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Wow, Real F-15 T/O?

JimNtexas

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This is shear speculation on my part, based on my experience in the archaic F-4 and F-111 airplanes:

They are probably demonstrating a "tactical departure", in which the two airplanes make hard turns away from each other just after takeoff so as to immediately get into a tactical formation, which involves around a mile of separation.

Well, it was a mile in the F-4 anyway, I don't know what they use in the Ego Jet. Ten miles maybe since it's based on keeping as far apart as the wingman can have good visual on the lead.

The wingman there is just "shining his a**" a bit, note the leader is not in such a steep bank. They are both climbing so he's not gong to hit the grass, he just wants to be in on the show.

Jim
 

JBHewlett

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Neat Picture

Thats pretty neat picture. I have alot of respect for guys who fly fighter jets (Well I have respect for everyone who flys jets). It takes intellect and alot of skill.

Ever wonder what the camera was thinking on that one?

J.
 

Toro

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Hopefully it's some type of airshow with extremely experienced pilots, otherwise they're hot-dogging idiots.

It's got to be somewhat of a visual perception - notice how high the grass is; from the angle the camera was at it blocks the space between the ground and the jets - but I would guess that his right wing is no more than ten feet off the ground.

JimNtexas mentioned a tactical departure. We do these in combat situations - it involves keeping the jet as low as possible until roughly the departure end of the runway in full afterburner, then pulling up to as nose high as possible as fast as possible without pi$$ing away too much airspeed. But we do those takeoffs in 20 second trail from each other (which is the same for about 99% of our normal daily takeoffs); we hardly ever do close formation takeoffs and we NEVER do them in combat. The only time we do formation takeoffs and landings is to get through the weather (or for practice).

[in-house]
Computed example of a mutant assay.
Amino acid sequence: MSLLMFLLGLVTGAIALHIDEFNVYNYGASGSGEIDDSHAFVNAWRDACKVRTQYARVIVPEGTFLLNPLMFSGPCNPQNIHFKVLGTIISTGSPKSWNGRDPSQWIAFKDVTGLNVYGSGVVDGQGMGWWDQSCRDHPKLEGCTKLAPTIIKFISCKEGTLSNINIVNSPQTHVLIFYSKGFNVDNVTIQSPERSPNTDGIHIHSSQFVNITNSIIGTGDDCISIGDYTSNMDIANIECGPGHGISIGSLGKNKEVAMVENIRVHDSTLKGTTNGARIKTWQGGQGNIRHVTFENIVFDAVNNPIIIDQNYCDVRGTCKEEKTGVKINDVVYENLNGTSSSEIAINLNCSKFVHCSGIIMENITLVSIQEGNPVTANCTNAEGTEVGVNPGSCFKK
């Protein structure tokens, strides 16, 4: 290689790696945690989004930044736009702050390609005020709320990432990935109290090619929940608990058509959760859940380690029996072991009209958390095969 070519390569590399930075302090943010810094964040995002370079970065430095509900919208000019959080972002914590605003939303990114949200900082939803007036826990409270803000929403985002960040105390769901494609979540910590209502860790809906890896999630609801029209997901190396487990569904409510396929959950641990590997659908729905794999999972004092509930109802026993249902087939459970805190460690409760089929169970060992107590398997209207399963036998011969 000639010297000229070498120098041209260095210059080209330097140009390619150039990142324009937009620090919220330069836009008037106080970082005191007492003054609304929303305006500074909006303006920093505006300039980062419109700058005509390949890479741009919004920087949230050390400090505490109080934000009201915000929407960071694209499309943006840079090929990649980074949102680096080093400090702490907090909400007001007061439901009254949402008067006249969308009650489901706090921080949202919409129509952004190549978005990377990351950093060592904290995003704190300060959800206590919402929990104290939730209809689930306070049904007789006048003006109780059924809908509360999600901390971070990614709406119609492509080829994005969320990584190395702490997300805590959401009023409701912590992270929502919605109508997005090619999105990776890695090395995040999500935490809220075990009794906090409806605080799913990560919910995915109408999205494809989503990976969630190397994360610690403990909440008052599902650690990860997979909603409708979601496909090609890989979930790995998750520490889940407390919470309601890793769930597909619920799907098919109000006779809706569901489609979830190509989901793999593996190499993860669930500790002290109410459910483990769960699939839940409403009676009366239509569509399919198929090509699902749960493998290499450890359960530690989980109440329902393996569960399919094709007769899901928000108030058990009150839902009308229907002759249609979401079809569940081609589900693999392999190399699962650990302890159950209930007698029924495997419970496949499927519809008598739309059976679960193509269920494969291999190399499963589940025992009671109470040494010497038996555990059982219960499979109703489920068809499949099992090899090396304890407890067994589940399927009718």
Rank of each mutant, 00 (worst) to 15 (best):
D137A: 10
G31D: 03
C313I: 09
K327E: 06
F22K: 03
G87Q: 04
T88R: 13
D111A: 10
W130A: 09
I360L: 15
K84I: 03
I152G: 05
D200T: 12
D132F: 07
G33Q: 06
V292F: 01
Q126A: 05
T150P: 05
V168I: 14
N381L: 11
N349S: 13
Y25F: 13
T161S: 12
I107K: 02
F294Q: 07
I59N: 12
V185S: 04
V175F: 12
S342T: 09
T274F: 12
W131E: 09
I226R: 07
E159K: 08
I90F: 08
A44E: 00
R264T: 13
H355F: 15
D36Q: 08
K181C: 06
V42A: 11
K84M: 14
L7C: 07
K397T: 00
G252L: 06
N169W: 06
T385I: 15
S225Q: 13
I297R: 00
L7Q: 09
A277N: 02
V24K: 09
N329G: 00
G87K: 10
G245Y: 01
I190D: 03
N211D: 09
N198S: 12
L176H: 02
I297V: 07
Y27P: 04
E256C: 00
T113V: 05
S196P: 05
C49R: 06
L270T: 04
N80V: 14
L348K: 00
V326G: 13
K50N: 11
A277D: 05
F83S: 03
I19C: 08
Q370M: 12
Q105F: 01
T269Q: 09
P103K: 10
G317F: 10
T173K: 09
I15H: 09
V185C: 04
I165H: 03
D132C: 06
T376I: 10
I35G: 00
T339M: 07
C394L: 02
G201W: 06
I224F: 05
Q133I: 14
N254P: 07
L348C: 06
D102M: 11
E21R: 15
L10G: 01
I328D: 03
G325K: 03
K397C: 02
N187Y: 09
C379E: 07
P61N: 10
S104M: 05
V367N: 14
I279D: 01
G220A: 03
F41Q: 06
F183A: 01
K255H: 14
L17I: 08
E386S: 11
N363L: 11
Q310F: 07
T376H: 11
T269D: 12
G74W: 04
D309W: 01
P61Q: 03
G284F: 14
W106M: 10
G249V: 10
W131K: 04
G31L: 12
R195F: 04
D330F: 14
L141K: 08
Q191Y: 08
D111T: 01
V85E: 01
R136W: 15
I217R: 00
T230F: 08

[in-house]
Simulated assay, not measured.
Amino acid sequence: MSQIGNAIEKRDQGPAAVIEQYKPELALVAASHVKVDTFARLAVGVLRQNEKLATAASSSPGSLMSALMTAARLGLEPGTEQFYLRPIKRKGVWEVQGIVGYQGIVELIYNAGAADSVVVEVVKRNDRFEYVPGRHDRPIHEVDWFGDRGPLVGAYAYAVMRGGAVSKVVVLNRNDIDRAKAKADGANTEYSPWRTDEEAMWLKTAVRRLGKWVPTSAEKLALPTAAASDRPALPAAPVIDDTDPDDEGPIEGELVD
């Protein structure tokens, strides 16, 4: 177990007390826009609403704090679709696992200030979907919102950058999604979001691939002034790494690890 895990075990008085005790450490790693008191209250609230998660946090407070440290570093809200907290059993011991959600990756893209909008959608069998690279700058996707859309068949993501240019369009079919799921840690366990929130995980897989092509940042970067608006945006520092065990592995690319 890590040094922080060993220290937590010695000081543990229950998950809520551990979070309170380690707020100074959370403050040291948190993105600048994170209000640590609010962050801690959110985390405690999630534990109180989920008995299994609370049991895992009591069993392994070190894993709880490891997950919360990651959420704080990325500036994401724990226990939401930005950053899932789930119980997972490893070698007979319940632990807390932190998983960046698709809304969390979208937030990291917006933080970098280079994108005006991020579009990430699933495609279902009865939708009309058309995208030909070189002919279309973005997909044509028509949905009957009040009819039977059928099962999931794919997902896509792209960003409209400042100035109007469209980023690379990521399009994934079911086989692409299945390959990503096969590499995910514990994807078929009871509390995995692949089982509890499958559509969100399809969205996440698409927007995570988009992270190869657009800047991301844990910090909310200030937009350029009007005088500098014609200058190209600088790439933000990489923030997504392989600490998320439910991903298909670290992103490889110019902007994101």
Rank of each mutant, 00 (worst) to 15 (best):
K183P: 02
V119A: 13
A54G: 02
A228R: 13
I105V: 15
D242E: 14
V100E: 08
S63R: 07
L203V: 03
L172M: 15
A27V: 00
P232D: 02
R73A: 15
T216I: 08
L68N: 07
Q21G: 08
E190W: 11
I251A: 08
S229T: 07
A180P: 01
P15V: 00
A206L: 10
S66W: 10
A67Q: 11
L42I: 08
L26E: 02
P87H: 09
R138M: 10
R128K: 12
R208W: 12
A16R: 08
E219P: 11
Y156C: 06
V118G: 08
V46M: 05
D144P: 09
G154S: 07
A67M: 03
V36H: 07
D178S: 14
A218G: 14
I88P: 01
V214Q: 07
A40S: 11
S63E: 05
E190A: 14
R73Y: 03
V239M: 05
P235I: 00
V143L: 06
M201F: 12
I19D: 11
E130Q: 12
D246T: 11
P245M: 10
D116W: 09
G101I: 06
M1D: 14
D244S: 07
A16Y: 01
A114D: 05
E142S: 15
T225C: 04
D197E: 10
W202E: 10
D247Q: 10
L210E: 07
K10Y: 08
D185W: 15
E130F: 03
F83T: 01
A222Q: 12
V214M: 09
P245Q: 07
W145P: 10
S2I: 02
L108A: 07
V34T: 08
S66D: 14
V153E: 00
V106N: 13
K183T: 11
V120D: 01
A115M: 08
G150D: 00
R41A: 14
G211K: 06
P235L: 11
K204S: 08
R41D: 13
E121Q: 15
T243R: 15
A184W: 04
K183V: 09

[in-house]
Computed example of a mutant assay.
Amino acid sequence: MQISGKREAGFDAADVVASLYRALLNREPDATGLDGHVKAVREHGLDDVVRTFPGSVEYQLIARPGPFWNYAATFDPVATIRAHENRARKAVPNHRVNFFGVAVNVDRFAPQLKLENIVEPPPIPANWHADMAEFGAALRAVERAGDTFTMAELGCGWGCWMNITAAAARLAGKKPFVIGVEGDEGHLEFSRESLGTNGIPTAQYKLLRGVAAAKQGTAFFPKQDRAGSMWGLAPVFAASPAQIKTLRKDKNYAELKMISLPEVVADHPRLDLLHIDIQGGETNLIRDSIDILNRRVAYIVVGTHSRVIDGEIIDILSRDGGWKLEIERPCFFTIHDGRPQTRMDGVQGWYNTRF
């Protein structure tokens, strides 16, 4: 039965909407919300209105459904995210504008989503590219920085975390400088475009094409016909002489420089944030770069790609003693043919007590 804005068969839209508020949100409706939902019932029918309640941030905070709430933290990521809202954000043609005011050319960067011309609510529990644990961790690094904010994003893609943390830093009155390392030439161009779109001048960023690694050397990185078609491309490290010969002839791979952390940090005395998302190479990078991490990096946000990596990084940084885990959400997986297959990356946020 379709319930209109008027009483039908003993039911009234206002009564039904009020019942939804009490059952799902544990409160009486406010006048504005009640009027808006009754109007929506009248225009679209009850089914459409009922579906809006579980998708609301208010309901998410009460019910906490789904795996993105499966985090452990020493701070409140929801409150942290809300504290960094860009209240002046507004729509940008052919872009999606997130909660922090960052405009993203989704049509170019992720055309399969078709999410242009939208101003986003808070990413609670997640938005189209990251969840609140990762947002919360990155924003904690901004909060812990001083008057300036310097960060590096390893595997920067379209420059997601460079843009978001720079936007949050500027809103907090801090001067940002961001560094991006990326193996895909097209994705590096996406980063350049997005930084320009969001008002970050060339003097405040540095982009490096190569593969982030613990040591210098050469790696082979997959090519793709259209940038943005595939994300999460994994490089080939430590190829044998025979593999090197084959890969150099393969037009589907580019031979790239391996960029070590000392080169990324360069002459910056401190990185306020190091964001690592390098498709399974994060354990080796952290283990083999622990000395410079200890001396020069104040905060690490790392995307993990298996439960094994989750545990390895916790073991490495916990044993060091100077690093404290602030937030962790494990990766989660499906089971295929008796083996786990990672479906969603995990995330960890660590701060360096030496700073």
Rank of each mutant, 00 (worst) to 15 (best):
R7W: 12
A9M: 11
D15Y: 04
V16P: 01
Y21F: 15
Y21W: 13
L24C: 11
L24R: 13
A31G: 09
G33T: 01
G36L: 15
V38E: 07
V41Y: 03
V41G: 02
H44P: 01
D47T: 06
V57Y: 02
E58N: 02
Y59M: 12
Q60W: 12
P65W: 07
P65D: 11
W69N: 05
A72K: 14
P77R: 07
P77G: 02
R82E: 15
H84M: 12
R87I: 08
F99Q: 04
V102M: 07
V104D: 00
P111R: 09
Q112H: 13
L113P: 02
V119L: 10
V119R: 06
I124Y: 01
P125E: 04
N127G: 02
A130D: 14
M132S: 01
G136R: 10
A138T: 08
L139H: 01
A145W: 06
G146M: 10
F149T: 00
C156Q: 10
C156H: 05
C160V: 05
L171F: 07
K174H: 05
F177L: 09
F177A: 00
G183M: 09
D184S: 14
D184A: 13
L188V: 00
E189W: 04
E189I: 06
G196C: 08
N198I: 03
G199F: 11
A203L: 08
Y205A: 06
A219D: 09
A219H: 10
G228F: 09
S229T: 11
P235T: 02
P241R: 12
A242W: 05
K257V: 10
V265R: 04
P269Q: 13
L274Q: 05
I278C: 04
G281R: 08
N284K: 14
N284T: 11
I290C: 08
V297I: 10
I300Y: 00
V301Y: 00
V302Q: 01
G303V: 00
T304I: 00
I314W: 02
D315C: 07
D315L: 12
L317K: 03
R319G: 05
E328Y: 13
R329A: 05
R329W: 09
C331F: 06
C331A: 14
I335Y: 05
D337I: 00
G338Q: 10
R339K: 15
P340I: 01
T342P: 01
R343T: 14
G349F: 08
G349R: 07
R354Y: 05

Other than showing off, there would be absolutely no reason to check away that aggressively that low to the ground.
 

Toro

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I'm retarded...

I didn't realize there was text below the pictures - my browser only opened the picture and when I went back I scrolled down to see...viola..."A pair of 'Bitburg Eagles' make a spectacular departure during the Cambrai 'Tiger Meet' Airshow of 1986."

So that answers that question. As to a couple others-
Delta3 - A Bitburg Eagle is an Eagle (F-15C) stationed at Bitburg Air Base, Germany. Bitburg was closed in 1994 and the Eagles were moved next door to Spangdahlem AB (where they no longer reside either).
JimNTexas - We generally fly 1-2 miles tactical formation, but can easily spread it to 3-4 miles if environmentals permit. You can still see your flight lead/wingman at 10 miles under good conditions, but it usually involves you being padlocked on him to not going blind.
 

JimNtexas

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Toro said:
JimNtexas mentioned a tactical departure. We do these in combat situations - it involves keeping the jet as low as possible until roughly the departure end of the runway in full afterburner, then pulling up to as nose high as possible as fast as possible without pi$$ing away too much airspeed. But we do those takeoffs in 20 second trail from each other (which is the same for about 99% of our normal daily takeoffs); we hardly ever do close formation takeoffs and we NEVER do them in combat. ...

Well, this just shows that the younger generation has gone soft. Back before fighter pilots had lace on their underwear we did formation tactical departures that were similar to what you see in the picture. Takeoff in formation, as soon as you break ground go into left and right hard turns to get into low altitude tactical formation.

Just call me Grampa Simpson.

Jim
 

LJDRVR

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Back in the mid-1980's when I was stationed at Loring I used to watch the folks from the 5thFIS perform the formation tactical departures that JimNtexas mentions in the above post. Back then they were flying F-106's. I will never forget what a beautifull jet those darts were. No external stores, just the wing tanks. I've seen a lot of aircraft but I can honestly say the 106 was easily the best looking one of them all.
 

Toro

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Well, this just shows that the younger generation has gone soft. Back before fighter pilots had lace on their underwear we did formation tactical departures that were similar to what you see in the picture.

It's cool, I'll grant you that, but it's not tactically sound. I'm not going to get into it on this site, but there is a specific reason for doing a combat departure and doing it in close formation goes 100% against that reason.
 

Mud Eagle

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Toro said:

Other than showing off, there would be absolutely no reason to check away that aggressively that low to the ground.

When I was stationed at Nellis I saw the C models do this frequently -- this low to the dirt. So, as of 1998 at least, it was still part of the Weapons School syllabus -- which leads me to believe that it's still part of the F-15C 3-3.
 
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